How to make our Environment more Livable for Everyone

Introduction : Yesterday 5th June was the World Environment Day . People from more than 100 countries celebrate this day. Furthermore, the world environment day is run by the United Nations Environment Programme(UNEP). Since the year 1973. Above all the main purpose of celebrating this day was to spread awareness. The awareness was about the conservation of our environment.

Before writing anything about it we should know what an environment actually means .The environment has been defined as that outer physical and biological system in which man and other organisms live as a whole. Human environment consists of both physical environment and biological environment. Physical environment covers land, water and air. Biological environment includes plants, animals and other organisms.

Environment is defined  under the Environmental Protection Act, 1986, ‘Environment’ includes Water, air and land and the inter-relationship which exists among and between, water, air, land, and human beings, other living creatures, plants, microorganisms and property.

The term environment has been derived from a French word “Environia” means to surround. Thus, etymologically environment means ‘surrounding conditions, circumstances affecting people’s life.

Environment includes water, air and land and the inter-relationship which exist among and between water, air, land and human beings, other living creatures, plants, micro-organisms and property.

It includes the complex physical, chemical and biological factors surrounding an organism or an ecological community. Such factors act and interact with various species and organisms to affect their form, growth and survival. Any unfavourable alteration of this environment is called environmental pollution. Air, water, land, radiation and thermal are the common type of pollution.

Obviously, the environment  comprises all entities, living and non-living, natural or man-made, external to oneself, and their interrelationships, which provide value, now or perhaps in the future, to humankind. Environmental concerns relate to their degradation through actions of humans.

So to protect the environment, apart from establishing and forming international laws, every country has enacted laws regarding environment protection, pollution control etc. In India, there are several acts for environment protection that says protection of environment is the duty of government.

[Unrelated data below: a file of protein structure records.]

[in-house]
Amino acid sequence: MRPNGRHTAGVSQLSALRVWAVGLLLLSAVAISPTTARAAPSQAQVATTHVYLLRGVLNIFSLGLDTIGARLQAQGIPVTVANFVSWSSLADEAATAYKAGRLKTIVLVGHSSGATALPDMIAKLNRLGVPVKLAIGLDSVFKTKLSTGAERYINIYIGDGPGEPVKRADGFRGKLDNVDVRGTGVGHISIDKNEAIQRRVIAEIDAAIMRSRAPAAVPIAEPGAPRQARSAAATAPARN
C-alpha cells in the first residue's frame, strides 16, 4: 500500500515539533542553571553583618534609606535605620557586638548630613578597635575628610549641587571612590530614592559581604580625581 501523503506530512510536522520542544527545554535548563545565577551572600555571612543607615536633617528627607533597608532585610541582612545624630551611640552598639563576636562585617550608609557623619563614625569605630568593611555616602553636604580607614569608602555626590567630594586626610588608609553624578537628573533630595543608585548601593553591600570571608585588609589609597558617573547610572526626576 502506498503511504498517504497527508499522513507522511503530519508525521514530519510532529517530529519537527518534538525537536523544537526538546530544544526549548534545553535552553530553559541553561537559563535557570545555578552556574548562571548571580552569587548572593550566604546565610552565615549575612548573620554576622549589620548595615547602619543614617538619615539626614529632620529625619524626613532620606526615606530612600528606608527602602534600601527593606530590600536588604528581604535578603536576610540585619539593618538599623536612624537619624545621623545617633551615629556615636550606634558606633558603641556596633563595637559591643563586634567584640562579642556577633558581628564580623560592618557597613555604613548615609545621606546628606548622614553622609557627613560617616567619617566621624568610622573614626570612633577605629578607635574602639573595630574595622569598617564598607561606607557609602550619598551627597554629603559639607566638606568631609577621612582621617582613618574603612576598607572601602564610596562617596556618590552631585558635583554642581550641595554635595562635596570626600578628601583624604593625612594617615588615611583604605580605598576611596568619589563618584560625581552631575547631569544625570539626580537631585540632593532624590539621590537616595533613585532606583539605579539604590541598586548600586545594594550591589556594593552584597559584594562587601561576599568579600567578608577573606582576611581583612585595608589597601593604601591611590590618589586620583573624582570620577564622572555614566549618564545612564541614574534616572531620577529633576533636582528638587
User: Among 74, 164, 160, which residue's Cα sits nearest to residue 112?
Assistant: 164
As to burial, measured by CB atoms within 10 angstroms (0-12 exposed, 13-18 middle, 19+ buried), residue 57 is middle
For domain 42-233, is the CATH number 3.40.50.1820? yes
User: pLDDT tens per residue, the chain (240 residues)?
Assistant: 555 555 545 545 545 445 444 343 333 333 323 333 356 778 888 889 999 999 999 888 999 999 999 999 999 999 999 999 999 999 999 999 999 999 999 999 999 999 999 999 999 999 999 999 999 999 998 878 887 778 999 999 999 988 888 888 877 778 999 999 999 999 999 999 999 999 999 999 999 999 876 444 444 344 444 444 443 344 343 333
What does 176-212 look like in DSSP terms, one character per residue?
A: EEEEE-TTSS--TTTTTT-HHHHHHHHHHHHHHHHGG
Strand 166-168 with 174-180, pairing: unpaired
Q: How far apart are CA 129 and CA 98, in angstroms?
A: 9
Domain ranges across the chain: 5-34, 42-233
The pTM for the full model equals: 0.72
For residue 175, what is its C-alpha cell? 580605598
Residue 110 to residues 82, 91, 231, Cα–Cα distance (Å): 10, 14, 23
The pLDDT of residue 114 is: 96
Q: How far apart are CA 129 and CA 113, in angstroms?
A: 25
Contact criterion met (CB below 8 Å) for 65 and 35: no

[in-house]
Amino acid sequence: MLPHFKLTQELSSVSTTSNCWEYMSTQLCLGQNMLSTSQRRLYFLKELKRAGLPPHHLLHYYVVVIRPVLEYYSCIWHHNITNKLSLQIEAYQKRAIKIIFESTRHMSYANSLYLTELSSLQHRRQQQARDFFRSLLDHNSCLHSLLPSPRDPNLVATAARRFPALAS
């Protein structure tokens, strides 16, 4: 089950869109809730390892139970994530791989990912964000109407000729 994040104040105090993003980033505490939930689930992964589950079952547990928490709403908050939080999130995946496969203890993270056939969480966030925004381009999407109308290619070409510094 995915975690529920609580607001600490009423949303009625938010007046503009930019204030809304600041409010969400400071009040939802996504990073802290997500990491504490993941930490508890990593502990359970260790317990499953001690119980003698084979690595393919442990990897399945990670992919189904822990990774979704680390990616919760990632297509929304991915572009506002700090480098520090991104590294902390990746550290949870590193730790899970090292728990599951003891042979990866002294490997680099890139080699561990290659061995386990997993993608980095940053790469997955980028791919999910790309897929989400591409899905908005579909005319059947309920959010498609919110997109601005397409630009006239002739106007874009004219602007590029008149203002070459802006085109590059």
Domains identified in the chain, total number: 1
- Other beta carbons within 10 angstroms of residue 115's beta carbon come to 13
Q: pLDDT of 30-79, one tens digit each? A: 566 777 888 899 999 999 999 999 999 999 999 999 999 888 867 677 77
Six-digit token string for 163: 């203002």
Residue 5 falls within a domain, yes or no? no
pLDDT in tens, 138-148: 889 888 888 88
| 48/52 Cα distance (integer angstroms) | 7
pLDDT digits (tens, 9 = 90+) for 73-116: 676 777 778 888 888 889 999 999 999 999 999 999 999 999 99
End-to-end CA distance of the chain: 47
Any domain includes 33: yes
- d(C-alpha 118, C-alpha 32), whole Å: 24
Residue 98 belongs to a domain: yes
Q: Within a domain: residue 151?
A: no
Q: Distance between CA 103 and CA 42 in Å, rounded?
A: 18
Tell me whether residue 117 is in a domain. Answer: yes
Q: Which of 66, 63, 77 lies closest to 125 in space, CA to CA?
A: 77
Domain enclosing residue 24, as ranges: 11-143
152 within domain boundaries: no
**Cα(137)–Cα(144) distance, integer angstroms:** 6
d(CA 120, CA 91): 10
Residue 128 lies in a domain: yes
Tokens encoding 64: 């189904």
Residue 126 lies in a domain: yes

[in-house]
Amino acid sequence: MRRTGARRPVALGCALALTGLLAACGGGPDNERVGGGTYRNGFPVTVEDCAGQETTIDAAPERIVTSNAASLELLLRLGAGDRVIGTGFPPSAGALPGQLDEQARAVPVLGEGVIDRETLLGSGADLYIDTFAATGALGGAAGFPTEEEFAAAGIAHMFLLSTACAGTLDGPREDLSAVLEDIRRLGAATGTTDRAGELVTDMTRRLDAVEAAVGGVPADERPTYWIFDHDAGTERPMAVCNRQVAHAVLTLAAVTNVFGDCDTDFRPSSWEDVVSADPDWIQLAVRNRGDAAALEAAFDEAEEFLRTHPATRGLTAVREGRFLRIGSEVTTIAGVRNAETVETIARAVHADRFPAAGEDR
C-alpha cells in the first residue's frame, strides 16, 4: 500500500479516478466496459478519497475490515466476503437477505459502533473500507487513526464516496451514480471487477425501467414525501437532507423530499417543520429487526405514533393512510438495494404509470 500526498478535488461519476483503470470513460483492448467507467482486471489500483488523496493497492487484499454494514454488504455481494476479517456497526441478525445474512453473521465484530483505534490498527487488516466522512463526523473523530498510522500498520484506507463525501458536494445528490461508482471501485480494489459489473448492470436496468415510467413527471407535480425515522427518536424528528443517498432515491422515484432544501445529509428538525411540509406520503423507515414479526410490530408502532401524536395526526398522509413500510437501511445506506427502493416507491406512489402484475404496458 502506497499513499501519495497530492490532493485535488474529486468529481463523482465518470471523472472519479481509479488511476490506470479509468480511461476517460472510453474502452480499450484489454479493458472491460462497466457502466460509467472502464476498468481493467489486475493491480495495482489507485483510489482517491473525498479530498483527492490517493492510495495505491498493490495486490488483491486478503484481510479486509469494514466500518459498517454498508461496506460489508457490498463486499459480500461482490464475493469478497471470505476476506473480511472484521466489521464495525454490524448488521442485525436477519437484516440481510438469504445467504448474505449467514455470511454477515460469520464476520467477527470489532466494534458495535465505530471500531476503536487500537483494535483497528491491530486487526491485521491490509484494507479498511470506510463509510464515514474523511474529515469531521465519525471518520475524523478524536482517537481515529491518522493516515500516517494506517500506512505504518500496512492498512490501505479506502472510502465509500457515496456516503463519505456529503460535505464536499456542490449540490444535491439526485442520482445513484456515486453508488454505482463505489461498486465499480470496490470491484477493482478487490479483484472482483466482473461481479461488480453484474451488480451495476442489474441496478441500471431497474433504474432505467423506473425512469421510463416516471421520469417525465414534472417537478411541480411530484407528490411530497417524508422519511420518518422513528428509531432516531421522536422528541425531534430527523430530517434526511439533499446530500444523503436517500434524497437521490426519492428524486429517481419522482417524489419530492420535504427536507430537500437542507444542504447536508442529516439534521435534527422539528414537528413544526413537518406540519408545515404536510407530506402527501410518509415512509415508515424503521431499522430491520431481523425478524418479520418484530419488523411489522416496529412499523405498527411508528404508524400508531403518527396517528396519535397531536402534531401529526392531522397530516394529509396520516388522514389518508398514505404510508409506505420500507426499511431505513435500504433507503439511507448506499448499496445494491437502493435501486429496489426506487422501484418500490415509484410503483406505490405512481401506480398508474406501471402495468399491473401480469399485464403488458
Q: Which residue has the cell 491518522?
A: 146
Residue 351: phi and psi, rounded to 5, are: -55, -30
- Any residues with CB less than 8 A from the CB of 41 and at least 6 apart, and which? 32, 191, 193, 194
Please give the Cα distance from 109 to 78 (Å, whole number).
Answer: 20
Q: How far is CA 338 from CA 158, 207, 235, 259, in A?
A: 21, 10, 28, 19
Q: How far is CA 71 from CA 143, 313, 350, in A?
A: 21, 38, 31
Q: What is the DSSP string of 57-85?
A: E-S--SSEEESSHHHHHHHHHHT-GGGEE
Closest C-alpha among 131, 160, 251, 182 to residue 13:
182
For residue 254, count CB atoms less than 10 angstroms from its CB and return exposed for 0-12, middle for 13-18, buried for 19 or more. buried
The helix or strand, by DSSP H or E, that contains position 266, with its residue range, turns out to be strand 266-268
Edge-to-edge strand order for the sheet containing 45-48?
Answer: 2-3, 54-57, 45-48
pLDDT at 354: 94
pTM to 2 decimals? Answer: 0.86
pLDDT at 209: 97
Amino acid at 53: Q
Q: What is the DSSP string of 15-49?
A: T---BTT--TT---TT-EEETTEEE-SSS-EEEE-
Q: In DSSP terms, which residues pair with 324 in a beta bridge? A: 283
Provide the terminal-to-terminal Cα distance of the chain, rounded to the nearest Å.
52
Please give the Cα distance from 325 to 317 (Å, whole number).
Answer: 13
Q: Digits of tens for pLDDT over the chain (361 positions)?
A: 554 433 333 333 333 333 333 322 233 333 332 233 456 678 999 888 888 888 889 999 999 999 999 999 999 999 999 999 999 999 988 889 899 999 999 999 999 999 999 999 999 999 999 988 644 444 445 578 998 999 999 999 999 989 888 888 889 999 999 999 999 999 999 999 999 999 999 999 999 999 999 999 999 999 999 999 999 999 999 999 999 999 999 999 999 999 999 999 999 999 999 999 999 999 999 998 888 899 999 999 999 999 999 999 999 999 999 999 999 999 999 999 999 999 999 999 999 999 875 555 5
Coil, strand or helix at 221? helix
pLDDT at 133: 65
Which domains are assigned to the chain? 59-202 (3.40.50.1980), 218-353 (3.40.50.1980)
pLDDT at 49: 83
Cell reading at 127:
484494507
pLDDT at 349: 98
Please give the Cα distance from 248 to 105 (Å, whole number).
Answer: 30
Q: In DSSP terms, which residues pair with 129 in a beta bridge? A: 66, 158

The goals of the Environmental policy may be formulated in several ways – to protect human health, ensure viability of wild life, preservation of historic monuments, stopping further degradation of the environment etc.

Major Laws and legislations in environmental law

Here are some of the major international environmental laws passed in recent times.

Ramsar convention (1971)

This convention was initiated to push for greater conservation and sustainable use of wetlands.

Stockholm Conference (1972)

It was the first major environmental conference and set the framework for discussions on the environment and the need for some form of regulation. The Stockholm declaration along with its 26 principles was formulated at this conference. This conference also marked the creation of the United Nations Environment Programme.

Vienna convention

This convention was established to ensure that more steps were taken to preserve and protect the ozone layer.

Kyoto protocol

This protocol is based on the idea of common but differentiated responsibilities. It placed higher responsibility on the developed countries to reduce emissions as they bore primary responsibility for the higher levels of emissions.

Some of the important legislations for environment protection are as follows:

The National Green Tribunal Act, 2010

The National Green Tribunal Act, 2010 (No. 19 of 2010) (NGT Act) has been enacted with the objectives to provide for establishment of a National Green Tribunal (NGT) for the effective and expeditious disposal of cases relating to environment protection and conservation of forests and other natural resources including enforcement of any legal right relating to environment and giving relief and compensation for damages to persons and property and for matters connected therewith or incidental thereto.

The Air (Prevention and Control of Pollution) Act, 1981

The Air (Prevention and Control of Pollution) Act, 1981 (the “Air Act”) is an act to provide for the prevention, control and abatement of air pollution and for the establishment of Boards at the Central and State levels with a view to carrying out the aforesaid purposes.

The Water (Prevention and Control of Pollution) Act, 1974